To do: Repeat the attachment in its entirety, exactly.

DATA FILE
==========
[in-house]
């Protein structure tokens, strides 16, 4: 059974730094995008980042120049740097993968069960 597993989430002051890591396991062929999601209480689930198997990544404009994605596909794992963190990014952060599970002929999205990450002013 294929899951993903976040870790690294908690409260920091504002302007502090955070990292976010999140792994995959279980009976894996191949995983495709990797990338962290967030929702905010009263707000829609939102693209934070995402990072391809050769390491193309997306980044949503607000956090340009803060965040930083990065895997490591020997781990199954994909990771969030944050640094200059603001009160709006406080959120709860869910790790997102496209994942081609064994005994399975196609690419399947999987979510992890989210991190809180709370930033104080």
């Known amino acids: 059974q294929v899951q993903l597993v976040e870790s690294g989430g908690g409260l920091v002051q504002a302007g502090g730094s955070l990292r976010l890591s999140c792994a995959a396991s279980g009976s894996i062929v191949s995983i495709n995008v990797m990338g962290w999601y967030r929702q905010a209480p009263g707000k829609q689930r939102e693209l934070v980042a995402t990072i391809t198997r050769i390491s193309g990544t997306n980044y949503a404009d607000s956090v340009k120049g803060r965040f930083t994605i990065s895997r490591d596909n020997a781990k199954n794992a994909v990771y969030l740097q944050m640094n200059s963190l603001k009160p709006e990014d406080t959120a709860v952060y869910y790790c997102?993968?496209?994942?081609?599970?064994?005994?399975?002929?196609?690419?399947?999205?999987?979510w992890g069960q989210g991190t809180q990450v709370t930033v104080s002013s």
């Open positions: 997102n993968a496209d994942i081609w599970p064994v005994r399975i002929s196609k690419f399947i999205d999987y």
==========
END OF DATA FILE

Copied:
[in-house]
């Protein structure tokens, strides 16, 4: 059974730094995008980042120049740097993968069960 597993989430002051890591396991062929999601209480689930198997990544404009994605596909794992963190990014952060599970002929999205990450002013 294929899951993903976040870790690294908690409260920091504002302007502090955070990292976010999140792994995959279980009976894996191949995983495709990797990338962290967030929702905010009263707000829609939102693209934070995402990072391809050769390491193309997306980044949503607000956090340009803060965040930083990065895997490591020997781990199954994909990771969030944050640094200059603001009160709006406080959120709860869910790790997102496209994942081609064994005994399975196609690419399947999987979510992890989210991190809180709370930033104080």
């Known amino acids: 059974q294929v899951q993903l597993v976040e870790s690294g989430g908690g409260l920091v002051q504002a302007g502090g730094s955070l990292r976010l890591s999140c792994a995959a396991s279980g009976s894996i062929v191949s995983i495709n995008v990797m990338g962290w999601y967030r929702q905010a209480p009263g707000k829609q689930r939102e693209l934070v980042a995402t990072i391809t198997r050769i390491s193309g990544t997306n980044y949503a404009d607000s956090v340009k120049g803060r965040f930083t994605i990065s895997r490591d596909n020997a781990k199954n794992a994909v990771y969030l740097q944050m640094n200059s963190l603001k009160p709006e990014d406080t959120a709860v952060y869910y790790c997102?993968?496209?994942?081609?599970?064994?005994?399975?002929?196609?690419?399947?999205?999987?979510w992890g069960q989210g991190t809180q990450v709370t930033v104080s002013s």
């Open positions: 997102n993968a496209d994942i081609w599970p064994v005994r399975i002929s196609k690419f399947i999205d999987y």